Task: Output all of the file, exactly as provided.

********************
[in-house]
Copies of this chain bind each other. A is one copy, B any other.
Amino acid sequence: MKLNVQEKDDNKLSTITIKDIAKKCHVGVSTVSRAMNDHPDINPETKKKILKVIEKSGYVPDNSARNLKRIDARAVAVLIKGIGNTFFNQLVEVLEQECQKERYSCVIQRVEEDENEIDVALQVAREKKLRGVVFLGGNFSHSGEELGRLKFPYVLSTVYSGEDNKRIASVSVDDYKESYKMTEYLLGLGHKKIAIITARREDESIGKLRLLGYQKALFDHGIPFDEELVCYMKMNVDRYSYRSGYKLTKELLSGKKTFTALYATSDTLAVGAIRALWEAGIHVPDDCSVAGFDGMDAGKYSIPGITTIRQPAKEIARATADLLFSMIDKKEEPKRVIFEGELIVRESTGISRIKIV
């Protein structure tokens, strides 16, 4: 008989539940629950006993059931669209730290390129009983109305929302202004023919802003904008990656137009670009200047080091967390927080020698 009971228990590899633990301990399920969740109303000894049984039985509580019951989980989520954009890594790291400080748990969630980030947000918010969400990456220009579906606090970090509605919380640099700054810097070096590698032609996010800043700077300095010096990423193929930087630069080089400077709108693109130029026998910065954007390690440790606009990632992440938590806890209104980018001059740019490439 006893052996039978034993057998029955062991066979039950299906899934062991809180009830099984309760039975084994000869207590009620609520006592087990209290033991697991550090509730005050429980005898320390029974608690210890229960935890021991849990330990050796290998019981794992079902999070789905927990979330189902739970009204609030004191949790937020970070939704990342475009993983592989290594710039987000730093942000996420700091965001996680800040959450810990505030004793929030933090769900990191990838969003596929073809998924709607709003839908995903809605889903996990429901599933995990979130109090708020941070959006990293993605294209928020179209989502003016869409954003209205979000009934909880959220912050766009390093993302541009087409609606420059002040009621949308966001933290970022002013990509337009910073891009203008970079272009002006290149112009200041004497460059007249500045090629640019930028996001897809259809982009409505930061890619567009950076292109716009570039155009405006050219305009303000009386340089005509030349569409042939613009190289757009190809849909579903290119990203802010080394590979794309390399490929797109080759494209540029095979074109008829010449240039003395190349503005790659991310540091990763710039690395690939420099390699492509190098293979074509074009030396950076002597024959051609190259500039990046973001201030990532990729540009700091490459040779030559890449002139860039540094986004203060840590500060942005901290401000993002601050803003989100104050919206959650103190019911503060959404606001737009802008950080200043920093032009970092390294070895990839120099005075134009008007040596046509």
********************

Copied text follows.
[in-house]
Copies of this chain bind each other. A is one copy, B any other.
Amino acid sequence: MKLNVQEKDDNKLSTITIKDIAKKCHVGVSTVSRAMNDHPDINPETKKKILKVIEKSGYVPDNSARNLKRIDARAVAVLIKGIGNTFFNQLVEVLEQECQKERYSCVIQRVEEDENEIDVALQVAREKKLRGVVFLGGNFSHSGEELGRLKFPYVLSTVYSGEDNKRIASVSVDDYKESYKMTEYLLGLGHKKIAIITARREDESIGKLRLLGYQKALFDHGIPFDEELVCYMKMNVDRYSYRSGYKLTKELLSGKKTFTALYATSDTLAVGAIRALWEAGIHVPDDCSVAGFDGMDAGKYSIPGITTIRQPAKEIARATADLLFSMIDKKEEPKRVIFEGELIVRESTGISRIKIV
């Protein structure tokens, strides 16, 4: 008989539940629950006993059931669209730290390129009983109305929302202004023919802003904008990656137009670009200047080091967390927080020698 009971228990590899633990301990399920969740109303000894049984039985509580019951989980989520954009890594790291400080748990969630980030947000918010969400990456220009579906606090970090509605919380640099700054810097070096590698032609996010800043700077300095010096990423193929930087630069080089400077709108693109130029026998910065954007390690440790606009990632992440938590806890209104980018001059740019490439 006893052996039978034993057998029955062991066979039950299906899934062991809180009830099984309760039975084994000869207590009620609520006592087990209290033991697991550090509730005050429980005898320390029974608690210890229960935890021991849990330990050796290998019981794992079902999070789905927990979330189902739970009204609030004191949790937020970070939704990342475009993983592989290594710039987000730093942000996420700091965001996680800040959450810990505030004793929030933090769900990191990838969003596929073809998924709607709003839908995903809605889903996990429901599933995990979130109090708020941070959006990293993605294209928020179209989502003016869409954003209205979000009934909880959220912050766009390093993302541009087409609606420059002040009621949308966001933290970022002013990509337009910073891009203008970079272009002006290149112009200041004497460059007249500045090629640019930028996001897809259809982009409505930061890619567009950076292109716009570039155009405006050219305009303000009386340089005509030349569409042939613009190289757009190809849909579903290119990203802010080394590979794309390399490929797109080759494209540029095979074109008829010449240039003395190349503005790659991310540091990763710039690395690939420099390699492509190098293979074509074009030396950076002597024959051609190259500039990046973001201030990532990729540009700091490459040779030559890449002139860039540094986004203060840590500060942005901290401000993002601050803003989100104050919206959650103190019911503060959404606001737009802008950080200043920093032009970092390294070895990839120099005075134009008007040596046509």